Ontario brings in foreign housing tax to cool Toronto market

Homes under construction in a new subdivision THE CANADIAN PRESS  Jeff McIntosh

Rents are based on what the market can bear and, going by the very low vacancy rates in the GTA, Lobo thinks they're fair.

In the Ontario move, the tax will apply to non-Canadian citizens, non-permanent residents and non-Canadian corporations that buy residential properties of one to six units in the GGH. These range from a foreign buyers' tax, to broadening rent control, to setting deadlines for how quickly elevator repairs must be done.

Home prices in the Toronto area climbed 6.2% in March, the biggest one-month gain on record, according to a benchmark price index released on April 18 by the Canadian Real Estate Association, and are up nearly 30% over the past 12 months.

The province is also setting up a Housing Supply Team to look into measures that can be taken to improve the supply of new homes and condos.

The Ontario government, concerned about bulging housing prices in Toronto, has laid out a massive set of reforms that could affect the entire province.

Recent figures show Canada's soaring home prices are more than just a Toronto-area problem - and if the real-estate bubble bursts, few parts of the country would escape the economic blow.

"There is a need for interventions right now in order to calm what's going on", said Wynne.

Murphy said 30 per cent of condominium units in the Toronto area are rented and new controls could hurt small investors who own one or two units to supplement their income.

By comparison, Greater Vancouver continued to slow down, partly due to the province's cooling measures, including a 15% foreign buyers' transfer tax that went into effect last August.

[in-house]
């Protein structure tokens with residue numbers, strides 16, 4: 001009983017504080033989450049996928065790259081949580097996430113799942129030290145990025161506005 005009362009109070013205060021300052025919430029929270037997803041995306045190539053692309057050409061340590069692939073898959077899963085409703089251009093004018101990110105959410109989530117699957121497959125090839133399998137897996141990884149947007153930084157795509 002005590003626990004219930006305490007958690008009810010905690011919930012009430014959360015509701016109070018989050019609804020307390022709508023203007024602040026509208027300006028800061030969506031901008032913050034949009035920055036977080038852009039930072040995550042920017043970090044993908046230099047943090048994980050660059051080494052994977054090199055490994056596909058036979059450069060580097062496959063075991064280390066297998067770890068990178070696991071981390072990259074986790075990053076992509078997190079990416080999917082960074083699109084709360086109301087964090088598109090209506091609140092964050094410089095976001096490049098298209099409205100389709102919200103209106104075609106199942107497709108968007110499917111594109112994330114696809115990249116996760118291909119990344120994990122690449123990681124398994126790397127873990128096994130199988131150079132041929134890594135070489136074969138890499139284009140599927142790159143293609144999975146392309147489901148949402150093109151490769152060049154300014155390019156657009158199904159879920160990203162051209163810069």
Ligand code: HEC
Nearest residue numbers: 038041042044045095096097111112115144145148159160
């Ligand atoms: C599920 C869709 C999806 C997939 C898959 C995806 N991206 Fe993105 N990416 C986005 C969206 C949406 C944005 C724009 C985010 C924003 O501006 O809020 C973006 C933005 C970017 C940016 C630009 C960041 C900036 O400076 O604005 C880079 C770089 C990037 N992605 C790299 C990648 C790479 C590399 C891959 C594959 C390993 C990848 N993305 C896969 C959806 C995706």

The provincial government is also considering an overhaul of its rent control policy that would expand the cap on annual rent increases to units constructed after 1991.

"The non-resident speculation tax has nothing to do with new Canadians and people who want to make Ontario their home".

"I think that people are anxious about their ability to find a place to live, because that's what this is about, whether we're talking about rental or being able to purchase a home".

While no immediate action is expected from the gathering of Sousa and Toronto Mayor John Tory, the first concerted effort to Finance Minister Bill Morneau, Ontario Finance Minister Charles rein in Toronto house prices, all three are pushing for policy options to cool prices without crashing the market.

Strengthen the Residential Tenancies Act, including a standard lease with multilingual information, tightening provisions for "landlord's own use" evictions, and ensuring adequate tenant compensation if evicted.

Providing municipalities with the flexibility to use property tax tools to help unlock development opportunities.

Sousa says the province needs a "Made in Ontario" solution to the housing crisis and it needs it now.

"This report is a look inside the heads and homes of Canadians, and should be a companion piece for those seeking a more in-depth understanding of our housing market and how it affects Canadians".

- The launch of a housing advisory group which will meet quarterly to provide the government with ongoing advice about the state of the housing market and discuss the impact of the measures and any additional steps that are needed.

The issue has become a headache for the province's Liberal government, which is trailing the Progressive Conservatives in polls ahead of an election in June next year, and lawmakers face a hard balancing act to find policies that will stabilise prices without crashing the market.

- Provisions that would require municipalities to consider the appropriate range of unit sizes in higher density residential buildings to accommodate a diverse range of household sizes and incomes, among other things.

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